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The Murder On The Links (1984)

The Murder on the Links (1984)
3.76 of 5 Votes: 2
0425067947 (ISBN13: 9780425067949)
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The Murder On The Links (1984)
The Murder On The Links (1984)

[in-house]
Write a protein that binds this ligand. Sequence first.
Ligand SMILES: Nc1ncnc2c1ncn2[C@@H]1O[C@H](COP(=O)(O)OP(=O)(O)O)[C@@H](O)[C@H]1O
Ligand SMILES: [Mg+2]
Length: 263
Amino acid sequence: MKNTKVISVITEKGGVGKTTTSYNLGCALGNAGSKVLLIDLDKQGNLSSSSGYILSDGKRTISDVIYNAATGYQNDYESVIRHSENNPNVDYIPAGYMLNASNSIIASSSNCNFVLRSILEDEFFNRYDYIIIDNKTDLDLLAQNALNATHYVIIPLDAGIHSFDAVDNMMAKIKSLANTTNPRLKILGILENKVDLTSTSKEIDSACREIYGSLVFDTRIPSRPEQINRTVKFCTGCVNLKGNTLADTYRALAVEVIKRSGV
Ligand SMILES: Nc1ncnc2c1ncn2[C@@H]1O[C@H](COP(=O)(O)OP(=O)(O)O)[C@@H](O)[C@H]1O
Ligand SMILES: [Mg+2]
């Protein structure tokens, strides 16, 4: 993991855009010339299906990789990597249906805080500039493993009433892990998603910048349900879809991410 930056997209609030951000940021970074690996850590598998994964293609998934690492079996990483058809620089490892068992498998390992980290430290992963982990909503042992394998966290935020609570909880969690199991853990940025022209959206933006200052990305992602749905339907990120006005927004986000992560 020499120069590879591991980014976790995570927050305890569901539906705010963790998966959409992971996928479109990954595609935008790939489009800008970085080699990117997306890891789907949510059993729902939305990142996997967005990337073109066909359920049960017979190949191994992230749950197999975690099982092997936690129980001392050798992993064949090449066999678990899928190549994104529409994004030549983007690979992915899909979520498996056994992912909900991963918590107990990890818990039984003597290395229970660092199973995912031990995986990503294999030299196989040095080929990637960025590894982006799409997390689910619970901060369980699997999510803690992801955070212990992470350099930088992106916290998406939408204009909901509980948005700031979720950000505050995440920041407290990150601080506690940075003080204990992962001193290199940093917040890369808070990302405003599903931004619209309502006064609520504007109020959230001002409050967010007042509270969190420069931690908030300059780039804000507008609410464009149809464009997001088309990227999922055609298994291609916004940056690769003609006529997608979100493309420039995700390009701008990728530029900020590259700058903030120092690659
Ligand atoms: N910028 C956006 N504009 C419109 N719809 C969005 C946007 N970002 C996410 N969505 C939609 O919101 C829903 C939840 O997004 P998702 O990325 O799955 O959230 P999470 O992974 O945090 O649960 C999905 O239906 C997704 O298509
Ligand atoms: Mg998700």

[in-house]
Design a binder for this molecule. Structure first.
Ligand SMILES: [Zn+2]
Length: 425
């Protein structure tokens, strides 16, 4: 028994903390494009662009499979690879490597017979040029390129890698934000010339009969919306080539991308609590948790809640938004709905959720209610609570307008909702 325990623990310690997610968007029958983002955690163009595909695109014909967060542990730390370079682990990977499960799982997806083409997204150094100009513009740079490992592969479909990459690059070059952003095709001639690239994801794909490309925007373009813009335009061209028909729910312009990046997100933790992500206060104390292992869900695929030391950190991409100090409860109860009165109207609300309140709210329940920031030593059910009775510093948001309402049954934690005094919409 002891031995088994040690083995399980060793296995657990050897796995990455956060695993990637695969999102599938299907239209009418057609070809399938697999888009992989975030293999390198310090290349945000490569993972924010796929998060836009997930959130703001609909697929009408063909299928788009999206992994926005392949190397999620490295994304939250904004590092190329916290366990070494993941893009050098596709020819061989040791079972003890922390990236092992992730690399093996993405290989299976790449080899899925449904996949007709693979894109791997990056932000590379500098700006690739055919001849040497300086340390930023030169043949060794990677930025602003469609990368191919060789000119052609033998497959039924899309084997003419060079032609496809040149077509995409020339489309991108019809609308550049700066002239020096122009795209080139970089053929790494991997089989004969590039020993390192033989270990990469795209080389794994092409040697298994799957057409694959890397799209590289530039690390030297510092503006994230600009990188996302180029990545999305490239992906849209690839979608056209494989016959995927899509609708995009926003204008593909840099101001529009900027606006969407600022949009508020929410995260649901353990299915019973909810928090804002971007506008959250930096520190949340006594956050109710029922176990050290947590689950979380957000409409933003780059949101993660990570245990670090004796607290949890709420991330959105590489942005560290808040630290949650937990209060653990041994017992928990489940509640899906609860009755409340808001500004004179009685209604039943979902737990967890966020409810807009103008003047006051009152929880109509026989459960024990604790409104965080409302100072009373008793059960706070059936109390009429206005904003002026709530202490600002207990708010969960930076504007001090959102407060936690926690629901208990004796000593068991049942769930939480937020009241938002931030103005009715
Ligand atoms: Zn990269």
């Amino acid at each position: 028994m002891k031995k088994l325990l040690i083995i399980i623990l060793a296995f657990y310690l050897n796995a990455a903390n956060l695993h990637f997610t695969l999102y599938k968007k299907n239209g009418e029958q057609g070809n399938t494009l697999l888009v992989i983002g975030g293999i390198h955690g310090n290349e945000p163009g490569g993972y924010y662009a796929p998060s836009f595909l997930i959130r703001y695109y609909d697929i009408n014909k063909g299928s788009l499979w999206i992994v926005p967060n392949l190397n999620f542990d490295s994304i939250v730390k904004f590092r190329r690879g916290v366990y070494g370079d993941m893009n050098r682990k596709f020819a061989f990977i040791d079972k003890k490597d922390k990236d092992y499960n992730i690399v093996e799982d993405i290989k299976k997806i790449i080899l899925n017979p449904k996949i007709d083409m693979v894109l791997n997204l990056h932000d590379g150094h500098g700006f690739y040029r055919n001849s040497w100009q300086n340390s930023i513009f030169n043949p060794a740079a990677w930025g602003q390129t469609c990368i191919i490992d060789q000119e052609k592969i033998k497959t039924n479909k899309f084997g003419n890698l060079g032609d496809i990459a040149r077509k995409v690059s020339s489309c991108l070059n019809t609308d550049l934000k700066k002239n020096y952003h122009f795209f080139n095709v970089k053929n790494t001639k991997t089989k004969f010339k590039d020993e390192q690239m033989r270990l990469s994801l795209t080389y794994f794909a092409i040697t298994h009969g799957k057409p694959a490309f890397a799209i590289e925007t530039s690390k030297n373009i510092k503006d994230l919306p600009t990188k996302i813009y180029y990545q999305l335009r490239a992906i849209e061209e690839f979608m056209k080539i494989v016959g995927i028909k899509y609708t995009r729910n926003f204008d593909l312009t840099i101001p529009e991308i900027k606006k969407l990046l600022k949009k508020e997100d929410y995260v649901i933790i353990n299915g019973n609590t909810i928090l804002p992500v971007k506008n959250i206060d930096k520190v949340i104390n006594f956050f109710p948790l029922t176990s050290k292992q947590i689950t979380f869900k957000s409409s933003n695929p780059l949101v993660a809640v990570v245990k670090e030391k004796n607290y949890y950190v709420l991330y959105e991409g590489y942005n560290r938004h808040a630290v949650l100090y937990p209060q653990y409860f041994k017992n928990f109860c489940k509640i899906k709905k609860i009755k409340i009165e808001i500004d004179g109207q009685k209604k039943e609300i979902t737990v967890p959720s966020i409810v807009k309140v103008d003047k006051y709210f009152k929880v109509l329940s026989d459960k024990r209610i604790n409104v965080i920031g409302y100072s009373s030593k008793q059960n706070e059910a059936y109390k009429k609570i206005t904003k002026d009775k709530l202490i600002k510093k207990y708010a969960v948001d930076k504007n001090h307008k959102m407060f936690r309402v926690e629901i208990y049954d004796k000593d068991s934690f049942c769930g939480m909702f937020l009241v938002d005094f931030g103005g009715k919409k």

About book: In this second Hercule Poirot story, Poirot is moaning that crime isn't what it used to be, criminals are no longer worthy of this investigative prowess. Luckily, that very same day a letter arrives requesting his help in France. Paul Renauld is in fear of his life and wishes to engage Poirot. It's not entirely clear how this short note somehow signifies a matter worthy of Poirot's grey cells when only five minutes before he'd moaning like an old woman, but then maybe I just don't have Poirot's ability to reason beyond the obvious simplicity of the note itself – or something like that.Poirot and Capt. Hastings head over to France to investigate, only to find they are just a day too late. The previous night his wife was tied up, while Renauld was threatened and then taken outside and murdered. Murdered and buried in a shallow grave on the neighbouring, unfinished, golf course. The French police are already on the scene and luckily the local magistrate is a fan of Poirot and encourages him to run his own investigation alongside the official one. Once the official detective arrives however, so does the fun. Monsieur Giraud is from Paris and is proud of his modern detection methods, he has no time for Poirot and dismisses his assistance. Poirot of course sees this as a challenge to his, obvious, superiority and proceeds to get competitive.As with any crime mystery of this nature, coincidence plays a biiig part. The note in the beginning, Hastings meeting Cinderella on the train, the Renaulds happening to move next door to the Daubreulls. And the biggest coincidence of them all, that the body of Renauld is found on a golf course while the book is called Murder on the Links – obviously it has to be a coincidence, because there doesn't seem to be any valid reason to have named the book deliberately for such a tenuous reason. The golf course in question plays no other part whatsoever in the story. Weird.The character of Poirot is developed very nicely since the first novel. His arrogance and vanity are exposed to us, but in a way that makes him seem much more charming than you suspect he would be in real life. The way he feeds clues to Hastings to try and lead him to the right conclusions is almost as you would expect somebody to patronise a favourite pet. Hastings however, comes off less well. He's portrayed as a walking adolescent, immediately falling in love with every young woman he sees – is it the girl on the train, is it the neighbour's daughter, is it the girl from the train, and so on. Hastings' only real moment of glory is when he defies Poirot to protect the girl he loves.I struggled with my edition – it was an ebook I downloaded from the Internet. Unlike ebooks editions I've read previously from places like Project Gutenberg this turned out to be an ebook that somebody had thrown together from a reasonably hasty OCR job. Frequently words were just missing, replaced with "[missing]" or "[garbled]", and chapters 13 and 14 ran into each other with a note that "[some text missing from end of chapter 13 and beginning of chapter 14]". Strangely, it didn't make as much of a difference to the book as I'd feared, I don't think I missed any major clues and I guess the brain just fills in the missing words, however if I was doing it again I'd want to read an ebook that had gone from some level of editing.